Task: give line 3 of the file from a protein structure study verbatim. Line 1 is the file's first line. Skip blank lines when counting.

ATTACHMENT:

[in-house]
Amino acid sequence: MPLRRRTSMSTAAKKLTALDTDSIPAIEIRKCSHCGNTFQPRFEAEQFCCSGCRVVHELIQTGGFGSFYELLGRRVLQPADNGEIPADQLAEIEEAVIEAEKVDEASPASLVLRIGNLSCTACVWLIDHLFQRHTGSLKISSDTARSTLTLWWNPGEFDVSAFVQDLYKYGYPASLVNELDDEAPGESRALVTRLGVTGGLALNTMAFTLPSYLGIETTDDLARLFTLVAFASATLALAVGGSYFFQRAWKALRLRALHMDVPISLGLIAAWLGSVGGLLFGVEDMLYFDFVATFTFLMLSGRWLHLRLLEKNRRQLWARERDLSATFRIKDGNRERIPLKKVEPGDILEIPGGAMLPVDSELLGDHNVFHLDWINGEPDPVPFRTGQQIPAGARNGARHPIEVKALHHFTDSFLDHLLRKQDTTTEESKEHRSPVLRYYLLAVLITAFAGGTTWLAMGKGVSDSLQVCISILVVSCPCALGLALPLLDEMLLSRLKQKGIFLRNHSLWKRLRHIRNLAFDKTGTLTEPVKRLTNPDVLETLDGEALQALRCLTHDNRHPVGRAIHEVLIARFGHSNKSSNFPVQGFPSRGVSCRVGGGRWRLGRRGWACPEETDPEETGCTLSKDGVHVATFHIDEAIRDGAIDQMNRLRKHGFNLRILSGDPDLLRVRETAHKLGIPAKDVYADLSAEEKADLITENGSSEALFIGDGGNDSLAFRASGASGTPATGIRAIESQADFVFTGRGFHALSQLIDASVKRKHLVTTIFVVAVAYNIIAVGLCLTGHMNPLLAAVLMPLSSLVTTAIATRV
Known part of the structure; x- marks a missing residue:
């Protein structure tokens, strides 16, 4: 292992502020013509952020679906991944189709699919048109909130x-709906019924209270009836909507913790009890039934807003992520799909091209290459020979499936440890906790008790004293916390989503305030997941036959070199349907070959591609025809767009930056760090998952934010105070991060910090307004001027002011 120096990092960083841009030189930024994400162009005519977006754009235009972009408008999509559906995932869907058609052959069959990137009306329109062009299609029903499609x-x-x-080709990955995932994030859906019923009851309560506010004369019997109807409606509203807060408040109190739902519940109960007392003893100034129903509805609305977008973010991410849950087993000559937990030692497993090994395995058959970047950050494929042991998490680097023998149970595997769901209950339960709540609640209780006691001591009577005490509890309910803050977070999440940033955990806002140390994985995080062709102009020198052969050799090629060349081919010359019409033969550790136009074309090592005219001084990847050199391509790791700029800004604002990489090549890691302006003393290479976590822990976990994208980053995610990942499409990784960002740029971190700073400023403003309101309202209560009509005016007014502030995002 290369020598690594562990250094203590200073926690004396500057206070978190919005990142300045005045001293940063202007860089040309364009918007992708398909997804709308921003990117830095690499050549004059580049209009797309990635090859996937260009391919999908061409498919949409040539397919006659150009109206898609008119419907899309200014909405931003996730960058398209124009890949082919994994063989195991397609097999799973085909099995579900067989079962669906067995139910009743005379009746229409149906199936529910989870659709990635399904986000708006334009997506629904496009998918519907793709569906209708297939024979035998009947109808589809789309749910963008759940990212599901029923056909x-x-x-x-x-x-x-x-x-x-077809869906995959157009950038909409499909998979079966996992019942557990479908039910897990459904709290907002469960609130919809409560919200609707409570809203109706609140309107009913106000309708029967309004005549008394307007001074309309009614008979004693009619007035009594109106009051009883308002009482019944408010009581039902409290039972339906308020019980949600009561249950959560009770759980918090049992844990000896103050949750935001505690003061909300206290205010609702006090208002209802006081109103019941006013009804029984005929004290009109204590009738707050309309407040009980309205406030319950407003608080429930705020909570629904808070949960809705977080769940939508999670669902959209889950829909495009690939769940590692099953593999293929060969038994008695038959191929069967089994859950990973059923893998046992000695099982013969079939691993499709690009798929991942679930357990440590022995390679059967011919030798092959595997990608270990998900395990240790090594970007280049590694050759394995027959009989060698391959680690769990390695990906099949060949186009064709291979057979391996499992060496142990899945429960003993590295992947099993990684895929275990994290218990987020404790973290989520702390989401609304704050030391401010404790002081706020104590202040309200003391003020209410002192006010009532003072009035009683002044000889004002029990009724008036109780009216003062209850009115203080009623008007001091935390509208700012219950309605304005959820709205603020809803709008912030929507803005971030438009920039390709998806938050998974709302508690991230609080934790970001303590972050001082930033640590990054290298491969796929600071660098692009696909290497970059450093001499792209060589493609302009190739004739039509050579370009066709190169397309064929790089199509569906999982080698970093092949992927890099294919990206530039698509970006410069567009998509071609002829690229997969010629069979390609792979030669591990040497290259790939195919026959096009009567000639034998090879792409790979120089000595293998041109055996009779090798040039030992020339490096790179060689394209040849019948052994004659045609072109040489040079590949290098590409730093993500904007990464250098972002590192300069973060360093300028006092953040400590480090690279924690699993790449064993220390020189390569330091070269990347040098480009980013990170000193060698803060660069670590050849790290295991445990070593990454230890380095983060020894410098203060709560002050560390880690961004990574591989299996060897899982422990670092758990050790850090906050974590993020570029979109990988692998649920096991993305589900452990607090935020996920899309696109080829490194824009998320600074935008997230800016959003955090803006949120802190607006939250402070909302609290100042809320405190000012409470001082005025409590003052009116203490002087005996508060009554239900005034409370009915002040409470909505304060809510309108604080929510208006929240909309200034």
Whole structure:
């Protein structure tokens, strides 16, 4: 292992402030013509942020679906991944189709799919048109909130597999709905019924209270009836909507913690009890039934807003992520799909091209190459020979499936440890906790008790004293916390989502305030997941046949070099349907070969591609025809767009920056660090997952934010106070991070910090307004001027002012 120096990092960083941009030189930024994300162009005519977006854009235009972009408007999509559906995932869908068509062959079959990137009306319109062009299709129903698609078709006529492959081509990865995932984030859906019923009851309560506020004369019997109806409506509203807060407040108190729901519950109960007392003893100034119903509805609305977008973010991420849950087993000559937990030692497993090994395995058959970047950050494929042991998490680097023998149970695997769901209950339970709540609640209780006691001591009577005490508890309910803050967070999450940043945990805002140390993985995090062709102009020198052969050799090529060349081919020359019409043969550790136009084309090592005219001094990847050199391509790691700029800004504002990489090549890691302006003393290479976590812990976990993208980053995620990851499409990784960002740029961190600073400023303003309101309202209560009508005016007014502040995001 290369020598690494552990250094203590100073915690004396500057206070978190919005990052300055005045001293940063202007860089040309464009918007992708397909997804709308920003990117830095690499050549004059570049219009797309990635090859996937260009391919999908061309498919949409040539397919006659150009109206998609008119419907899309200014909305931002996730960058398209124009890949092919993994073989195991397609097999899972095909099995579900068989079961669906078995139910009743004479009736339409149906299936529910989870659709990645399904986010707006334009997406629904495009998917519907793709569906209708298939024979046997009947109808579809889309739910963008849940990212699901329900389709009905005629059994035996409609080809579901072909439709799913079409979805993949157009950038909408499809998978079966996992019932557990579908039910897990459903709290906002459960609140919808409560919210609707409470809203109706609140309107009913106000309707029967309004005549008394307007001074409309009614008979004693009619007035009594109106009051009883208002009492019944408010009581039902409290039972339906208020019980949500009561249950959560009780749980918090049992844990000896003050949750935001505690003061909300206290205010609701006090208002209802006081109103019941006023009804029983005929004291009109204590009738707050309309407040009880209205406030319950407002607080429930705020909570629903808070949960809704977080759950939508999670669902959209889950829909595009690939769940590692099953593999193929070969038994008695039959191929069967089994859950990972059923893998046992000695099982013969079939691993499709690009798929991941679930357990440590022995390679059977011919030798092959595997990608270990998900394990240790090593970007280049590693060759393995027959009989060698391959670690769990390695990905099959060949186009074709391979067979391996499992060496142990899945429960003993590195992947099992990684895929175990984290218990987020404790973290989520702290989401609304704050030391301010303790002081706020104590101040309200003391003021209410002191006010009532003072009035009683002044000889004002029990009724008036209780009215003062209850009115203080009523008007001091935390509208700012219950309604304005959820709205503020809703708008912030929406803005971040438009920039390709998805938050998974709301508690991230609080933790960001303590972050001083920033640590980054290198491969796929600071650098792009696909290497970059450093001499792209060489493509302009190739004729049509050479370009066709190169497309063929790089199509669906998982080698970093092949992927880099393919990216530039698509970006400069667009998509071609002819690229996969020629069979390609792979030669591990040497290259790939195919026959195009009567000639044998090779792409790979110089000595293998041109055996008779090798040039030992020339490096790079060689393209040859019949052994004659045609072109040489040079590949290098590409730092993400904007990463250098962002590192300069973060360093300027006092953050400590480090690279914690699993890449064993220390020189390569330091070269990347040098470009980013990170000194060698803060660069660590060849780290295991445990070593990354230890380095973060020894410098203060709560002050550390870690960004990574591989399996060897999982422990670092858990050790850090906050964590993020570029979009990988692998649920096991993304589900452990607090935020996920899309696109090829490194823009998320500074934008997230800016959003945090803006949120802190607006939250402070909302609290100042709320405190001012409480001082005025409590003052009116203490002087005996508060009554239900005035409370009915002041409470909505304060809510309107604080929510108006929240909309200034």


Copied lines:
Known part of the structure; x- marks a missing residue: